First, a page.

Different treatment plans were selected according to personal situation and patients’ own choice, including surgical treatment (156, 77.6%) and non-surgical treatments such as sclerotherapy, puncture treatment, radiotherapy (24, 11.9%), and dynamic observation (21, 10.5%). Associated hospitalized costs mainly consisted of medication cost (8,457 ± 1,521) and operation cost (5,112 ± 890). The image test cost (2,773 ± 691) was similar as laboratory test cost (2,516 ± 338). No recurrence was found in surgical treatment patients for up to 1-year follow-up (different time periods: 12 months < T ≤ 24 months, 52.2%; 6 months < T ≤ 12 months, 41.8%; month < T ≤ 6 months, 6.0%) and is shown in Table 2.

Table 2

Clinical characteristics of LEC

Clinical characteristics (n, %)
Clinical manifestation Asymptomatic Painless mass Abdominal distension
174 (86.6%) 24 (11.9%) 3 (1.5%)
Medical/Operation history Hypertension/diabetes/cerebral infarction Cholecystectomy/appendectomy/gynecological surgical Healthy before
111 (55.2%) 48 (23.9%) 42 (20.9%)
Biochemical results Normal values CEA increased CA125/CA199 increased
171 (85.1%) 21 (10.4%) 9 (4.5%)
Lesion location Parotid Oral Pancreatic
141 (70.1%) 48 (23.9%) 12 (6.0%)
Size <2 cm 2–5 cm >5 cm
117 (58.2%) 75 (37.3%) 9 (4.5%)
Imaging characteristics CT/MRI EUS/EUS-FNA PET-CT
198 (98.5%) 12 (6.0%) 3 (1.5%)
Therapeutic schedule Surgical treatment Non-surgical treatment Dynamic observation
(156, 77.6%) (24, 11.9%) (21, 10.5%)
Associated costs (yuan) Treatment (Medication/operation) Images costs Laboratory costs
8,457 ± 1,521/5,112 ± 890 2,773 ± 691 2,516 ± 338
Follow-up (T) 12 months < T ≤ 24 months 6 months < T ≤ 12 months 1 month < T ≤ 6 months
105 (52.2%) 84 (41.8%) 12 (6.0%)

4 Discussion

LEC is a clinical benign and rare lesion. Its morbidity has increased than previous literature due to clinical widespread usage and development of imageology, including CT, MRI, and EUS [5]. The patients were of all ages, most of them were middle-aged. Consistent with previous research [6], our study indicated that male patients were more common. In this research, the largest number of the patients lived in urban area. Higher education and proactive health-screening may lead to more positive findings.

Almost no typical symptoms could be found of LEC [7]. Our study shows that nearly 90% of the patients had no specific clinical manifestation. Only around 10% of the patients noticed a painless mass on the surface of the body. This means that it is difficult to make an accurate diagnosis of LEC only relying on clinical manifestations. Due to the age distribution, nearly half of the patients had cardiovascular and cerebrovascular disease history. About 20% of the patients were well previously. Laboratory tests lack specificity [8]. Most of the patients had normal biochemical results, while minority had increased value of CEA, CA125, or CA199, which needed to be differentiated from malignant neoplastic disease. The predilection sites were located in parotid, mouth, and pancreas. LEC located at the head or neck may occur alone, as well as occur at the base of the mouth with other types of cysts. PLEC was relatively quite rarer [9]. Different LECs had different focal sizes [10]. Our study indicates that more than half of the focal sizes were smaller than 2 cm. Just less than 5% of the focal sizes were bigger than 5 cm. All patients took image tests after hospitalization, including CT, MRI, and PET-CT. CT scan of LEC showed a slightly lower density, slightly higher than the fluid density. On MRI, LEC emerged as a low signal at T1WI, high signal at T2WI, with a clear boundary of cystic and solid mixed image [11]. Furthermore, all patients with abdominal space occupying lesion were performed EUS/EUS-FNA operation. Because of its safe and efficient feature, EUS-FNA could be a reliable way to obtain pathological diagnosis before surgical operation [12]. EUS-FNA has an extremely high pathological positive rate, especially for pancreatic lesions, such as PLEC [13]. The first choice of therapeutic schedule for LEC should be surgical operation, sclerotherapy and radiotherapy could be considered as well [14]. Due to the own characteristic of LEC [15], combined with individual situation, dynamic observation is another feasible selection for LEC patients. Considering the patient’s age, basic diseases, and their willingness to receive treatment, doctors informed the patients of possible treatment options and related prognosis. Therefore, the patients could make personal choices based on their own circumstances (including financial status, family conditions, etc.). At present, for LEC patients, our study found that the largest number of hospitalized associated costs were medication and operation costs. Meanwhile, image costs were similar to laboratory costs. On the one hand, no recurrence was found in surgical treatment and non-surgical treatment patients for up to 24 months follow-up. Unfortunately, nearly 6% of the patients were only followed up for no more than half a year for various reasons (such as contact information or address changed) [16]. On the other hand, no lesion became significantly larger (lesion diameter increased more than 10%) in dynamic observation patients [17].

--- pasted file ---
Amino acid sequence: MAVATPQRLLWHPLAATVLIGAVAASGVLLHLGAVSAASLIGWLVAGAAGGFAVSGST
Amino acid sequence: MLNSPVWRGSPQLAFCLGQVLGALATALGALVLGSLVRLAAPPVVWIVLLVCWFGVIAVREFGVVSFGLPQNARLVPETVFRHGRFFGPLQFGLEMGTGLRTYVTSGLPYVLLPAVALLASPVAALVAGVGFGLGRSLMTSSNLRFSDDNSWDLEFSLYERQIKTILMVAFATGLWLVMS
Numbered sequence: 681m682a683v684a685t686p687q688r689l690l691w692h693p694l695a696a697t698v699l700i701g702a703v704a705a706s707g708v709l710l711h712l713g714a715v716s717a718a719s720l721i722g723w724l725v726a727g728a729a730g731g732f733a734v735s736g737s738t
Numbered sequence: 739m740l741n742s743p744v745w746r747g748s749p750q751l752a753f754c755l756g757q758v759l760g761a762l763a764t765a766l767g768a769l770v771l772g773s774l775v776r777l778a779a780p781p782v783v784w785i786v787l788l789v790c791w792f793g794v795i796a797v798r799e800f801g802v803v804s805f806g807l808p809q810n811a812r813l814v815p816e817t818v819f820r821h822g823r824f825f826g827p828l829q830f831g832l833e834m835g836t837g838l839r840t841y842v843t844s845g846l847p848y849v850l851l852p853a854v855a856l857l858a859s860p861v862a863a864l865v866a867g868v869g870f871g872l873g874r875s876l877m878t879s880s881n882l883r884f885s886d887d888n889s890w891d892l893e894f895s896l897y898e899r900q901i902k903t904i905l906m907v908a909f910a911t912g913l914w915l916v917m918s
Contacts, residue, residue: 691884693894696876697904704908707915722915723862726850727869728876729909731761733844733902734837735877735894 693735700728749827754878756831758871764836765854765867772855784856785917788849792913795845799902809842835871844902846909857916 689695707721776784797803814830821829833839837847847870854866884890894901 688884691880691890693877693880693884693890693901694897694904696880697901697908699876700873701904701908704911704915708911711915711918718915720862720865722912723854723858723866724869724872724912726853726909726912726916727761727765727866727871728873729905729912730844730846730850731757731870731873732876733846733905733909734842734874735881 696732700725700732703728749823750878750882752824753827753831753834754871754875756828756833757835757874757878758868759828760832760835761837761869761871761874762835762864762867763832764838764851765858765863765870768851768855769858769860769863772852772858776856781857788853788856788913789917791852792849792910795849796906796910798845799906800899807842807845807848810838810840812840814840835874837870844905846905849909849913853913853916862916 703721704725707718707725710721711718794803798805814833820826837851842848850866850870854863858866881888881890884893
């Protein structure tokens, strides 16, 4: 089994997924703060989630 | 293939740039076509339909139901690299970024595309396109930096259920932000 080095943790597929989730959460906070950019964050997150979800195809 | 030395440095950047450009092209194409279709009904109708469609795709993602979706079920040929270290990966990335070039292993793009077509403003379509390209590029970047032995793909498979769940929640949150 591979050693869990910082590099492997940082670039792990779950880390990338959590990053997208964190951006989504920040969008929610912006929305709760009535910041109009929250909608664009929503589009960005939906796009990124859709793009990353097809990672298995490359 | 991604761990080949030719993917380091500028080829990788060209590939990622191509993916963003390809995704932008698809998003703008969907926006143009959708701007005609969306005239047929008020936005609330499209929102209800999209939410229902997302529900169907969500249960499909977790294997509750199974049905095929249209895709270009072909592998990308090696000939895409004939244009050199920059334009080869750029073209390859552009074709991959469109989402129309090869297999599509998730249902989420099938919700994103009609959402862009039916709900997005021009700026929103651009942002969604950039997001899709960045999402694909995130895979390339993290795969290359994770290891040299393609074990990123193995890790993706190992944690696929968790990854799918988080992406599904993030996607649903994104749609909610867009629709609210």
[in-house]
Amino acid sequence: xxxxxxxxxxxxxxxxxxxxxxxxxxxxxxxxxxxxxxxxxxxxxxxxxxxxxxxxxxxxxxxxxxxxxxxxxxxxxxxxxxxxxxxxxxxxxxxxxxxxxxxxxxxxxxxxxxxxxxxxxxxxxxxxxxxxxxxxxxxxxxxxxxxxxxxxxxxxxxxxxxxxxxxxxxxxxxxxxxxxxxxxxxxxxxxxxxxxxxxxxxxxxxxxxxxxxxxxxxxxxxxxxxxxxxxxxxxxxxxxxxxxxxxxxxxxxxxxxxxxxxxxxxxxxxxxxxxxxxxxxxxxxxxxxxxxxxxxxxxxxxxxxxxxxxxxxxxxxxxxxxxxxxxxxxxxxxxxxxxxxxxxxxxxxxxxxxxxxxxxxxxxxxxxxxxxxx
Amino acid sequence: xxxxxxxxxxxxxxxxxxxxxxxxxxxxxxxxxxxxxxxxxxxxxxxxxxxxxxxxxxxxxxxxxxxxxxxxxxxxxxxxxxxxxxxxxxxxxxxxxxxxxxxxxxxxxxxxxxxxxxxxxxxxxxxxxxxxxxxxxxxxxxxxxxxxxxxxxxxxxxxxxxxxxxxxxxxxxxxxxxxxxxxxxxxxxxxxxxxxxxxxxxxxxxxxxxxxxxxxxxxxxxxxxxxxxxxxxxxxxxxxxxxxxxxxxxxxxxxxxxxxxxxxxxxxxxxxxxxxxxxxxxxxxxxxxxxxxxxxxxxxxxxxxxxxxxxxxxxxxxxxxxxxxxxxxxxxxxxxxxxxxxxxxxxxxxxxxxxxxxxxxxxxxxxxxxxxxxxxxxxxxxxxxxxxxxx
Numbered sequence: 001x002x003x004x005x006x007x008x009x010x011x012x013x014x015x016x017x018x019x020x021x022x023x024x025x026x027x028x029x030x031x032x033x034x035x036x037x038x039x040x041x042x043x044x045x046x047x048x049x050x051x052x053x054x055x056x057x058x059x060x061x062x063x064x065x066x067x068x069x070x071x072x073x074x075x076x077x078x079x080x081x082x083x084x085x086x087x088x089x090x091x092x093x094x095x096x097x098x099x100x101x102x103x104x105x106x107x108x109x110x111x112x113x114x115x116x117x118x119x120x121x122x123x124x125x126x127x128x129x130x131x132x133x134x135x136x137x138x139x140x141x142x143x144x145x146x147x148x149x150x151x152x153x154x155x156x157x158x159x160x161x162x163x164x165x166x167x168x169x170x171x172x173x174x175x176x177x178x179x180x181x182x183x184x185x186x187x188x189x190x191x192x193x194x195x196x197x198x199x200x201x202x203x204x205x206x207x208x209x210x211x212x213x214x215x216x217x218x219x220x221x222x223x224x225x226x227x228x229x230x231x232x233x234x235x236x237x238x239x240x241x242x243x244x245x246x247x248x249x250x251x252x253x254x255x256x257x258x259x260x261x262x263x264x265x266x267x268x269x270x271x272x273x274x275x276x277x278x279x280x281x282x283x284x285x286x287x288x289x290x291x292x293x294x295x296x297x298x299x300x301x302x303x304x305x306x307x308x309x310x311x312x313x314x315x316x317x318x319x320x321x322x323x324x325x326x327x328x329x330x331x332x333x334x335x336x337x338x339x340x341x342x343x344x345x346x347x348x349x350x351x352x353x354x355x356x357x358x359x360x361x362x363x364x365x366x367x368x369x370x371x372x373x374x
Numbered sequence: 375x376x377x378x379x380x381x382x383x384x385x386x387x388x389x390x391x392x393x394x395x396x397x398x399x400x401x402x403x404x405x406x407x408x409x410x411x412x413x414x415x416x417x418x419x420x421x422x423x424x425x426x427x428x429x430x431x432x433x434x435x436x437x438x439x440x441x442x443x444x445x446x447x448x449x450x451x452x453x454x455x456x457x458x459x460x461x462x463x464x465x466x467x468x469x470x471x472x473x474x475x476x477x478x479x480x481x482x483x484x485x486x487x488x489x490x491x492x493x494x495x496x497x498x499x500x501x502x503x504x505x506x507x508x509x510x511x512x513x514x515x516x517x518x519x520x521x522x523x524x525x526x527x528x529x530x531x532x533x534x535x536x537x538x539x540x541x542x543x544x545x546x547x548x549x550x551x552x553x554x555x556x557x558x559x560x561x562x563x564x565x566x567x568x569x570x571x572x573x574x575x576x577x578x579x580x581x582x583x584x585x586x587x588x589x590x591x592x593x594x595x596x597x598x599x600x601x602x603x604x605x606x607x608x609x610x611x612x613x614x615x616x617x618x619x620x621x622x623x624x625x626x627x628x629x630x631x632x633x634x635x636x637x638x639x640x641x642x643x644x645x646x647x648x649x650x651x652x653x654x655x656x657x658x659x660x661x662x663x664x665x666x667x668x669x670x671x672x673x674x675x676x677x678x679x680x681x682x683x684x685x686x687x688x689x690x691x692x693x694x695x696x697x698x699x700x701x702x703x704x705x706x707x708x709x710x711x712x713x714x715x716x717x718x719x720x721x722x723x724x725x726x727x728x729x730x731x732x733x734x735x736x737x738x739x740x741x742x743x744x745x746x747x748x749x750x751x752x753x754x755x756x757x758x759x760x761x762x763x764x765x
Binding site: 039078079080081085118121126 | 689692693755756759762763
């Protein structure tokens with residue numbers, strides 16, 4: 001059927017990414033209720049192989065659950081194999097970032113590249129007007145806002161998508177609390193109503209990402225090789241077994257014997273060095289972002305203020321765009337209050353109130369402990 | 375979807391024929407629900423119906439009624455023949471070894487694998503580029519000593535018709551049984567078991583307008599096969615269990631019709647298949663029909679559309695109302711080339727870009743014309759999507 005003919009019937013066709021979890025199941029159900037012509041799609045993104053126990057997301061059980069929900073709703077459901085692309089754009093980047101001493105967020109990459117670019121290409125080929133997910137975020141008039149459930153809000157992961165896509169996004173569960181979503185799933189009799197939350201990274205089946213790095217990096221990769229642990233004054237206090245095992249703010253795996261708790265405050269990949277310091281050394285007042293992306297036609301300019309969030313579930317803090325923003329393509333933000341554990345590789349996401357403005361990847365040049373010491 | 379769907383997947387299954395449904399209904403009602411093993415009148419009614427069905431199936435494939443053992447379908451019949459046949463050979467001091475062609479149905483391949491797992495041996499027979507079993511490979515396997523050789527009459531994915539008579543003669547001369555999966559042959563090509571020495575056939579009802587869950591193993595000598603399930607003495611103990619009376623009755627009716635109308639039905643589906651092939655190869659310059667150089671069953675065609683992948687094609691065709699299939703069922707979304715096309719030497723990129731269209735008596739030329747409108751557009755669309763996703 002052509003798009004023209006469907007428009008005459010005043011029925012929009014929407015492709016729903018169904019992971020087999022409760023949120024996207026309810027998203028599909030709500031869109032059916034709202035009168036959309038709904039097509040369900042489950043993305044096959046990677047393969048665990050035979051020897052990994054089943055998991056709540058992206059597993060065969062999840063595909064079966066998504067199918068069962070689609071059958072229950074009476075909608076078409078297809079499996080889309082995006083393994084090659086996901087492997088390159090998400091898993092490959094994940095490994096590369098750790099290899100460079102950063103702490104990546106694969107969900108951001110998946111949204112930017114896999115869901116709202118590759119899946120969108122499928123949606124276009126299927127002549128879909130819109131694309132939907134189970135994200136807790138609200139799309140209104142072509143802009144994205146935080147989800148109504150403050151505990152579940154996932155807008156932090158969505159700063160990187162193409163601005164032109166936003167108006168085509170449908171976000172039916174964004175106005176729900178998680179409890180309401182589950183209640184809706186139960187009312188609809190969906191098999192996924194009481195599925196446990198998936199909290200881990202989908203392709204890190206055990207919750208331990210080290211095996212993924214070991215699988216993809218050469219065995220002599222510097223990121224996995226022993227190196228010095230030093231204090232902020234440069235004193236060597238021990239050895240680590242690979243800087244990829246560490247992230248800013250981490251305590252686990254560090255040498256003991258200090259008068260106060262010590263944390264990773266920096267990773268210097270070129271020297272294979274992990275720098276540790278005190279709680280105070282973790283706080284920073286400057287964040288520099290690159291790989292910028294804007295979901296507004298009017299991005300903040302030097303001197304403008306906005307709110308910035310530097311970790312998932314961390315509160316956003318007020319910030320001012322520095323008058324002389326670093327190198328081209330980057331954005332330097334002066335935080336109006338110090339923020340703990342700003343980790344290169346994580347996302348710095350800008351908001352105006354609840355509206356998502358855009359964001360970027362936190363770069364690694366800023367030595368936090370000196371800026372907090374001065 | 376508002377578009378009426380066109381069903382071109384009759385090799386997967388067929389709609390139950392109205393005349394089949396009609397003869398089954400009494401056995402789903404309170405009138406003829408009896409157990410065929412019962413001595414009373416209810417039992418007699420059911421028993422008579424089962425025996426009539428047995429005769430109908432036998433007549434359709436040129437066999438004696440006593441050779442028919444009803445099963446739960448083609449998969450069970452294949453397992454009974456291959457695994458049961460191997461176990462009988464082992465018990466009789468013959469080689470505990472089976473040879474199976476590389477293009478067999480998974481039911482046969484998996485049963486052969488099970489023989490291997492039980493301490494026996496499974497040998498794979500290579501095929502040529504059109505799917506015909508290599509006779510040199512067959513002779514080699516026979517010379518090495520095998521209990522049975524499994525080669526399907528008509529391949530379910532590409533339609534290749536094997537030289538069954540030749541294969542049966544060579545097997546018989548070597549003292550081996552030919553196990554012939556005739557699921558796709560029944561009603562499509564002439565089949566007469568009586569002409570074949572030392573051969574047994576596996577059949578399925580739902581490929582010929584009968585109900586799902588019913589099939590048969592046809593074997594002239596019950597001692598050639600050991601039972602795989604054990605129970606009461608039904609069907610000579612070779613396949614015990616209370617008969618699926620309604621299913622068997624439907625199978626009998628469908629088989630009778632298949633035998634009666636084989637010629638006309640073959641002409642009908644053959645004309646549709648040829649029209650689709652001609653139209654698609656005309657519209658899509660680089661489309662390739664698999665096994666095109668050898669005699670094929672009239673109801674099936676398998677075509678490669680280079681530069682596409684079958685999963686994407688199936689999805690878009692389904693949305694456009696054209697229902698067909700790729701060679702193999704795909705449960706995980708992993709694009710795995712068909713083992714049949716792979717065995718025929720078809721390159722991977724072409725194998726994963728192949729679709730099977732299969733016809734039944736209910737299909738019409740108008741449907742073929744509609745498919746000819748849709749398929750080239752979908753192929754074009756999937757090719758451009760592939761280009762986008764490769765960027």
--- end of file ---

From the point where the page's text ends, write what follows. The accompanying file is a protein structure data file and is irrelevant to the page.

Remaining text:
In general, this study has retrospectively analyzed all the clinical aspects including demographic data, clinical characteristics, and prognosis. It comprehensively showed all the clinical features of this disease. However, the pathogenesis of the disease needs further research to be revealed. Use prospective multi-center studies to further clarify the pathogenesis of LEC. For example, which specific populations are susceptible? What are the direct causes of the disease? How infection or immune dysfunction affects the disease? In the meantime, our research findings from a single-center retrospective study has potential limitations of generalizing findings (such as biased sampling profile, etc.). Multi-center prospective study should be conducted in the future.

To sum up, LEC is a rare and benign lesion, which is mostly located at parotid and oral, rarely located at pancreas. No typical symptoms could be found. EUS-FNA could be a reliable way to obtain pathological diagnosis. LEC could be cured by surgical resection with no recurrence.

Acknowledgements

Special thanks to Professor Hesheng Luo for his guidance and help in clinical research.

  1. Funding information: Hubei Provincial Natural Science Foundation (Grant no. 2023AFB690).

  2. Author contributions: Ning Cui wrote the manuscript and analyzed the data. Wenhao Su and Jixiang Zhang performed data analysis. Zhongyin Zhou designed the study.

  3. Conflict of interest: All the authors declare that there is no conflict of interest for this article.

  4. Data availability statement: The data are available from the corresponding author on reasonable request.

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Received: 2023-08-22
Revised: 2023-11-07
Accepted: 2023-11-16
Published Online: 2023-12-07

© 2023 the author(s), published by De Gruyter

This work is licensed under the Creative Commons Attribution 4.0 International License.